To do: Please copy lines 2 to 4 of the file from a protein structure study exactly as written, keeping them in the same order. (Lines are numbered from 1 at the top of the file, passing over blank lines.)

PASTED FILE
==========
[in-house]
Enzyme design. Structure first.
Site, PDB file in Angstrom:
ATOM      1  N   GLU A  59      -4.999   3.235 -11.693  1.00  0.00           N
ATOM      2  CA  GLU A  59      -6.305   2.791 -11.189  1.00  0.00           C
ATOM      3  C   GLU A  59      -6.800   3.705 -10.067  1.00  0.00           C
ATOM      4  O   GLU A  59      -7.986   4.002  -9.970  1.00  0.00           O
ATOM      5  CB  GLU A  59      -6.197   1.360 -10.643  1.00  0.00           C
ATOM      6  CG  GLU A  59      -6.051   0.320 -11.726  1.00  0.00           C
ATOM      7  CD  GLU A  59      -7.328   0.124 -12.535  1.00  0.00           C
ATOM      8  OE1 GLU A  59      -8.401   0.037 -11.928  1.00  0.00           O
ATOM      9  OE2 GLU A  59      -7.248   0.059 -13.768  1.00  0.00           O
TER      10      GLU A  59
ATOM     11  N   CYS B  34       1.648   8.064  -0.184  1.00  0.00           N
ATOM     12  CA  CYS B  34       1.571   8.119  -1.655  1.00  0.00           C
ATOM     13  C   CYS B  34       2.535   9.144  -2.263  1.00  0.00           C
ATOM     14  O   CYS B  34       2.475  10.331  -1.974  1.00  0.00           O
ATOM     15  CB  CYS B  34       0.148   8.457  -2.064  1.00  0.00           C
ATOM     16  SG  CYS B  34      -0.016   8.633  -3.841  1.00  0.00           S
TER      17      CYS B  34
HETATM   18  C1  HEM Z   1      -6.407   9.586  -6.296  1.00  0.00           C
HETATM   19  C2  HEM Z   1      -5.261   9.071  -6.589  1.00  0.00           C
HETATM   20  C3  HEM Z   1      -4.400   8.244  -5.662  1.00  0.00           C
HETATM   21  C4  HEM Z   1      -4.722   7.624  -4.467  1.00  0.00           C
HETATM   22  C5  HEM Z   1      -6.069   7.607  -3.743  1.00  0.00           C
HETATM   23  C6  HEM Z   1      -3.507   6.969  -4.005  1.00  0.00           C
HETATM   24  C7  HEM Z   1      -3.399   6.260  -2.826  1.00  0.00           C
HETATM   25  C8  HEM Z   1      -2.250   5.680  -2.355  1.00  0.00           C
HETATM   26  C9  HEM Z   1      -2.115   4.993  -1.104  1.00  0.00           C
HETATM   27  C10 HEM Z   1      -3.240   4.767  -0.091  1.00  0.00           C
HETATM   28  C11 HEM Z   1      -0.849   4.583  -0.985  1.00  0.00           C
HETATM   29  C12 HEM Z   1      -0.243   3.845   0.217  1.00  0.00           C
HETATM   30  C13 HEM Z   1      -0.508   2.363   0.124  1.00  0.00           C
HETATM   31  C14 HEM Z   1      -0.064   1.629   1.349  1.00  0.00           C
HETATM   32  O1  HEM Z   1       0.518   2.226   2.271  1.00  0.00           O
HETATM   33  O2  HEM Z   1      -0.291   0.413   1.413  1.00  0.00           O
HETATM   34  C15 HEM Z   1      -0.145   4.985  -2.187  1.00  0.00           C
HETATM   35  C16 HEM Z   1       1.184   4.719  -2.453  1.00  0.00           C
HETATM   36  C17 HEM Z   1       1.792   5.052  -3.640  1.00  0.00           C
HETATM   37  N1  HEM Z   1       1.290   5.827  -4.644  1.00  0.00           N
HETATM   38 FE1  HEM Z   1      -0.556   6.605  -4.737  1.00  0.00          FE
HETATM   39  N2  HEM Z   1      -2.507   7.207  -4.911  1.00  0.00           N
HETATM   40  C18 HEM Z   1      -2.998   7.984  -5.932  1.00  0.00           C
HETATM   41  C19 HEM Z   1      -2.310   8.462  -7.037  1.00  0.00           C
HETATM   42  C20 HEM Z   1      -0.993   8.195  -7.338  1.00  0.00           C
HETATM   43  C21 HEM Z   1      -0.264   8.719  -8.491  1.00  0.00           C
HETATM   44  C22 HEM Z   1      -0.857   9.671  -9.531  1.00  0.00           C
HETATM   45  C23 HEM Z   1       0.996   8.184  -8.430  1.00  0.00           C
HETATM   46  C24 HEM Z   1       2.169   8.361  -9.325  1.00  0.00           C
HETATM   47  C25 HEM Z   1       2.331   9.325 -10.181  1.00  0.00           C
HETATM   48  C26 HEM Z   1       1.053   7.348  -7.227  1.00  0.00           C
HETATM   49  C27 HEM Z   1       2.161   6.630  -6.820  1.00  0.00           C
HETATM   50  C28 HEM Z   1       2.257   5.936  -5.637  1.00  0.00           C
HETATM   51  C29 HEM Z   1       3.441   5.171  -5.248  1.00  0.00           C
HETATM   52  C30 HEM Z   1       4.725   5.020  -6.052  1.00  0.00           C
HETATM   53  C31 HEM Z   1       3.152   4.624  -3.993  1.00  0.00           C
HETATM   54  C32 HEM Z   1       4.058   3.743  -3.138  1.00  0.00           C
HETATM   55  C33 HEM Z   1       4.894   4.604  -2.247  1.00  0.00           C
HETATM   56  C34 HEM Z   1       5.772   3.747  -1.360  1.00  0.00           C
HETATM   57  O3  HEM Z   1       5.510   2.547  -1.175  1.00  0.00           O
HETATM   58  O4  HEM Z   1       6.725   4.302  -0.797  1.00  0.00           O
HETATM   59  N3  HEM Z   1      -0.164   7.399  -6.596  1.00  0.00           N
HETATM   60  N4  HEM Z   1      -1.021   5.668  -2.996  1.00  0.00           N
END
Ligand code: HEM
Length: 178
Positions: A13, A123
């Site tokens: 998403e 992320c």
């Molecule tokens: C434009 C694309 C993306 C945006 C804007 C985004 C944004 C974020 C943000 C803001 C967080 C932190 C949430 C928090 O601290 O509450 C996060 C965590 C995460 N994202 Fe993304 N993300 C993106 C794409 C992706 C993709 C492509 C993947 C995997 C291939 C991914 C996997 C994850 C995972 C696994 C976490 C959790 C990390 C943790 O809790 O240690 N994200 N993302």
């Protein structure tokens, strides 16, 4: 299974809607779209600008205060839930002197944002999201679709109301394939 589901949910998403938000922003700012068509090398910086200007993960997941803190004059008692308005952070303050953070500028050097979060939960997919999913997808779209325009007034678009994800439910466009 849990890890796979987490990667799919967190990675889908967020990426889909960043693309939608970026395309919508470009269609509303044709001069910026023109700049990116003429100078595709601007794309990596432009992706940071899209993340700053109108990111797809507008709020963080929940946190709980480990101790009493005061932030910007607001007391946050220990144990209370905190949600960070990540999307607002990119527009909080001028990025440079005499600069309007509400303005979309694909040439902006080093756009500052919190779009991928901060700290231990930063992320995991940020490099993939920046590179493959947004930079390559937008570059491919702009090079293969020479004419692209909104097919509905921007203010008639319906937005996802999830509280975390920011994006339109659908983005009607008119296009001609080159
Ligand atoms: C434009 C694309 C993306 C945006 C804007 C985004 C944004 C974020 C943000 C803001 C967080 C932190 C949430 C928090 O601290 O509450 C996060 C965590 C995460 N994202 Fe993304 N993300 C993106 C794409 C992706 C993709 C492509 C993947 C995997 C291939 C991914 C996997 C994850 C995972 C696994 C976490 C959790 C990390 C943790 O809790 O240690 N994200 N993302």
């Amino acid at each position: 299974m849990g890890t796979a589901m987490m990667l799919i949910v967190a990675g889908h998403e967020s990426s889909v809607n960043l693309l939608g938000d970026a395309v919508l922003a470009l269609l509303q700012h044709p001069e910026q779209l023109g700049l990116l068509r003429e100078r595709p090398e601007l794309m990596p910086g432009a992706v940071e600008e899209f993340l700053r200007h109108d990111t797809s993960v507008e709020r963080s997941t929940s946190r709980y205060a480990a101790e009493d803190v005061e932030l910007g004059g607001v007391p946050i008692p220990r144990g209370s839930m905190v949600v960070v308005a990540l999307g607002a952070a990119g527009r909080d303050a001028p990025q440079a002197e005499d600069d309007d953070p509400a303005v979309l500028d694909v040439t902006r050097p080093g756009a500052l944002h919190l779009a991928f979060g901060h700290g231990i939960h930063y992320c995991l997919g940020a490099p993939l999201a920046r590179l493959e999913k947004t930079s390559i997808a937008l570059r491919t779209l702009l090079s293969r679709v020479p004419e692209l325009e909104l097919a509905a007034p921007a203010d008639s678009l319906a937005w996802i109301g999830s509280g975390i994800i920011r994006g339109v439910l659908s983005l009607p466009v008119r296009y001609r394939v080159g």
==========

Enzyme design. Structure first.
Site, PDB file in Angstrom:
ATOM      1  N   GLU A  59      -4.999   3.235 -11.693  1.00  0.00           N